Iran Parliament Approves Direct Foreign Investment
Iran's reformist parliament on Wednesday passed the initial reading of a bill that would for the first time authorize and protect direct foreign investment in Iran.
The bill, which still faces further readings and debate in the chamber, would "encourage, authorize and protect direct foreign investment" in the Islamic republic.
The approval comes a day after parliament had a closed-door session with top cabinet ministers to look at ways of easing the barriers to foreign investment.
Economy Minister Hossein Namazi, Intelligence Minister Ali Yunessi and central bank chief Mohsen Nourbakhsh were among the participants at the session, sources said.
It was the first meeting of its kind since the reformist parliament took office in May, but in recent weeks the legislature has voiced support for easing the way to greater foreign investment in the country.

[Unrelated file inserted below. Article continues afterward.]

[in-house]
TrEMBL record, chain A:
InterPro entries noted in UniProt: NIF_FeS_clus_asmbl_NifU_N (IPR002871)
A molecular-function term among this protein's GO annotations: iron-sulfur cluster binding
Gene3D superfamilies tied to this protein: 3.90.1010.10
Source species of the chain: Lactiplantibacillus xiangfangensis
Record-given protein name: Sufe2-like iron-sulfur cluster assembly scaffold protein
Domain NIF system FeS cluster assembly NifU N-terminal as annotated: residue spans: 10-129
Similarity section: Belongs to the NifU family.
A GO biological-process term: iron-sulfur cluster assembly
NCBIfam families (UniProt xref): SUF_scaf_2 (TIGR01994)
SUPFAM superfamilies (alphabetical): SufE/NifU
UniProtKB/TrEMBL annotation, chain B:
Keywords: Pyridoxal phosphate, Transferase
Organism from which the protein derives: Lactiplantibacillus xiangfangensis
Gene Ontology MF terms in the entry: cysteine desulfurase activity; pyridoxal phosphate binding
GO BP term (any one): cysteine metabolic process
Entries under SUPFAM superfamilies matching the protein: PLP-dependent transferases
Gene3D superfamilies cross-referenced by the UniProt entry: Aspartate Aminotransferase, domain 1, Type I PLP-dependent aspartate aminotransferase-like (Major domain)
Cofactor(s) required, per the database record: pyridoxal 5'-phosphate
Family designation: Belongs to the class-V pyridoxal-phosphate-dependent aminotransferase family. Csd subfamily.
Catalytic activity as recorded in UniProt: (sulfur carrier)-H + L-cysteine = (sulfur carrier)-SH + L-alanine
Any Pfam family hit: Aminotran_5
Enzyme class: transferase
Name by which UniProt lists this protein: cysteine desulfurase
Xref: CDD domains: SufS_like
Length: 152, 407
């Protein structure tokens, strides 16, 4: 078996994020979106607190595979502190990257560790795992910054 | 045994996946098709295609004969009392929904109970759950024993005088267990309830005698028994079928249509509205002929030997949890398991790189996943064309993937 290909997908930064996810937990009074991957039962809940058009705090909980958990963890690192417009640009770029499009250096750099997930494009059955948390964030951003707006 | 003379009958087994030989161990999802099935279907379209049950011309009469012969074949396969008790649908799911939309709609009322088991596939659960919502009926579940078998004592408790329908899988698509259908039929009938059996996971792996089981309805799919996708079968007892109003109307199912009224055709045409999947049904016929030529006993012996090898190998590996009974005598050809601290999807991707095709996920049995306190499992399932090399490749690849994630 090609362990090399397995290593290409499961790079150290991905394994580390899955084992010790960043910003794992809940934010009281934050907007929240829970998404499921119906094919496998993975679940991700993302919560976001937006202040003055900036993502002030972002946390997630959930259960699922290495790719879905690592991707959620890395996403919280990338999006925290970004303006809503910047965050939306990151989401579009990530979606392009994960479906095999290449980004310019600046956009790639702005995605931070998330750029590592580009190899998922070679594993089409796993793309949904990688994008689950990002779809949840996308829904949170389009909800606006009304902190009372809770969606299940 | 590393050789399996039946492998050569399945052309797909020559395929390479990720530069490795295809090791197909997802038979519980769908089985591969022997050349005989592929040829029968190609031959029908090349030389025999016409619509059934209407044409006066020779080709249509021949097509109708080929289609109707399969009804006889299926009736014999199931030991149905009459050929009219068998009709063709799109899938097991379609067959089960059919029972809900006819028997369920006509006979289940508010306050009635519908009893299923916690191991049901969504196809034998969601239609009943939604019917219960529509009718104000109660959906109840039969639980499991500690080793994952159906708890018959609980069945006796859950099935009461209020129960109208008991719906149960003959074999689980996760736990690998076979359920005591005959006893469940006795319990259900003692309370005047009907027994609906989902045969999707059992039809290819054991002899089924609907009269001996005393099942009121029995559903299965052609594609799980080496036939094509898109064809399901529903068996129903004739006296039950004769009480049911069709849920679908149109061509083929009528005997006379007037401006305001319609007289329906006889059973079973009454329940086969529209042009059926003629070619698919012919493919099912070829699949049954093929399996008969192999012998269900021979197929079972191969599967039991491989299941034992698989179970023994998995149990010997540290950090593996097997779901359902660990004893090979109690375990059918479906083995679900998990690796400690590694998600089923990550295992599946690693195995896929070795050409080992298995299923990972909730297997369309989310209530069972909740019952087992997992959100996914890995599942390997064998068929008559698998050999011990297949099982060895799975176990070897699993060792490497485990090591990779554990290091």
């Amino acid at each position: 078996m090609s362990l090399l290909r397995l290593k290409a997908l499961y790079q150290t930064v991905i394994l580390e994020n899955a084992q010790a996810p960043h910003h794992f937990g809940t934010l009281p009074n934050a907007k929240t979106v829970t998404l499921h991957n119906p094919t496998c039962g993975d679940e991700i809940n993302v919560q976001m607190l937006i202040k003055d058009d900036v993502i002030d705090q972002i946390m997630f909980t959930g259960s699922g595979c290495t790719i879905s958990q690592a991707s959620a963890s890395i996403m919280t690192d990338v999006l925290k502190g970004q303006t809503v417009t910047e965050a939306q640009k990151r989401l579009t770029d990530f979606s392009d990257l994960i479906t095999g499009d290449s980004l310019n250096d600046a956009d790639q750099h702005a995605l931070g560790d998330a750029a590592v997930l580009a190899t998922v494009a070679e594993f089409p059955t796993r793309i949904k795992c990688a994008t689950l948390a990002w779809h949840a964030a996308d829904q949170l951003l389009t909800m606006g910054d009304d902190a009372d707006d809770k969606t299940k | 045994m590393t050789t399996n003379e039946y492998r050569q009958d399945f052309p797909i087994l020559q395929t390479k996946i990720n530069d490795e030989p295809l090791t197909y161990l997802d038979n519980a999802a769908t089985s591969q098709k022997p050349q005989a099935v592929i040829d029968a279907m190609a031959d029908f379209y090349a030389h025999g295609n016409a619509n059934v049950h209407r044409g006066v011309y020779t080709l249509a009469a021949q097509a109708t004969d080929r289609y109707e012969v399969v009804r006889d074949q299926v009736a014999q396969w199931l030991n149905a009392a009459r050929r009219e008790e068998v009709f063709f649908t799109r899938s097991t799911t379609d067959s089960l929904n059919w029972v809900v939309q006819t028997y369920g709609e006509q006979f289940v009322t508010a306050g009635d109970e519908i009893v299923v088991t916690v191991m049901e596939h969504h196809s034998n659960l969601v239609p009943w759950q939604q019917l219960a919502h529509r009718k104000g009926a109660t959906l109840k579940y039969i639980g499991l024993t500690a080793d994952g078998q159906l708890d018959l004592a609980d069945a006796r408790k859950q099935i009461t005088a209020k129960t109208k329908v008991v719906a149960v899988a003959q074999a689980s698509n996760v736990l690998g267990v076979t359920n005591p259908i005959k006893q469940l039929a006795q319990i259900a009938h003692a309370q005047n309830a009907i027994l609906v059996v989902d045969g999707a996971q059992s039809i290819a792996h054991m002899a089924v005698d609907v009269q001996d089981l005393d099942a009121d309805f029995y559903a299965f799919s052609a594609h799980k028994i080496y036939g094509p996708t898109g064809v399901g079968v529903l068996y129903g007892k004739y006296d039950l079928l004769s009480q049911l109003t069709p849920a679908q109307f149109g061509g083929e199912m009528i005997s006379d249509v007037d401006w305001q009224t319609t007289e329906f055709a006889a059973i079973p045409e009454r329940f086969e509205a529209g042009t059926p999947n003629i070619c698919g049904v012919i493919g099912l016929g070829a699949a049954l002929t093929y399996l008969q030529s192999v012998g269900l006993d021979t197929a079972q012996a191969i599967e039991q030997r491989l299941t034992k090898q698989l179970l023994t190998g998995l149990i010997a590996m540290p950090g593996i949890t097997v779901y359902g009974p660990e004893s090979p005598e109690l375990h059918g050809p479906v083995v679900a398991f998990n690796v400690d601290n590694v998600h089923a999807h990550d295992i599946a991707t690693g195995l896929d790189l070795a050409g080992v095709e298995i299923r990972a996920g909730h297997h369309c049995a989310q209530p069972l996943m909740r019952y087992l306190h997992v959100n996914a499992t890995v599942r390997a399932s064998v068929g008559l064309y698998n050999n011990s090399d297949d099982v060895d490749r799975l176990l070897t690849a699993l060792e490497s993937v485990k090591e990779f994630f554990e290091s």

Outside the energy sector, international investment in Iran is allowed only in theory, as fears over investment guarantees as well as Iran's cumbersome administrative and currency-exchange apparatus effectively keep foreign money out.
The Iranian constitution allows no more than 49 percent ownership in key sectors of the economy, which are still controlled by the state.
Meanwhile estimates show Iran needs some 100 billion dollars in foreign capital to overhaul its outdated heavy-industry sector and create some 800,000 new jobs to combat soaring unemployment.
Iran in recent years has attempted to boost outside investment in its resource-rich energy sector, which has totaled no more than about 10 billion dollars in foreign capital - TEHRAN (AFP)
© 2000 Al Bawaba (www.albawaba.com)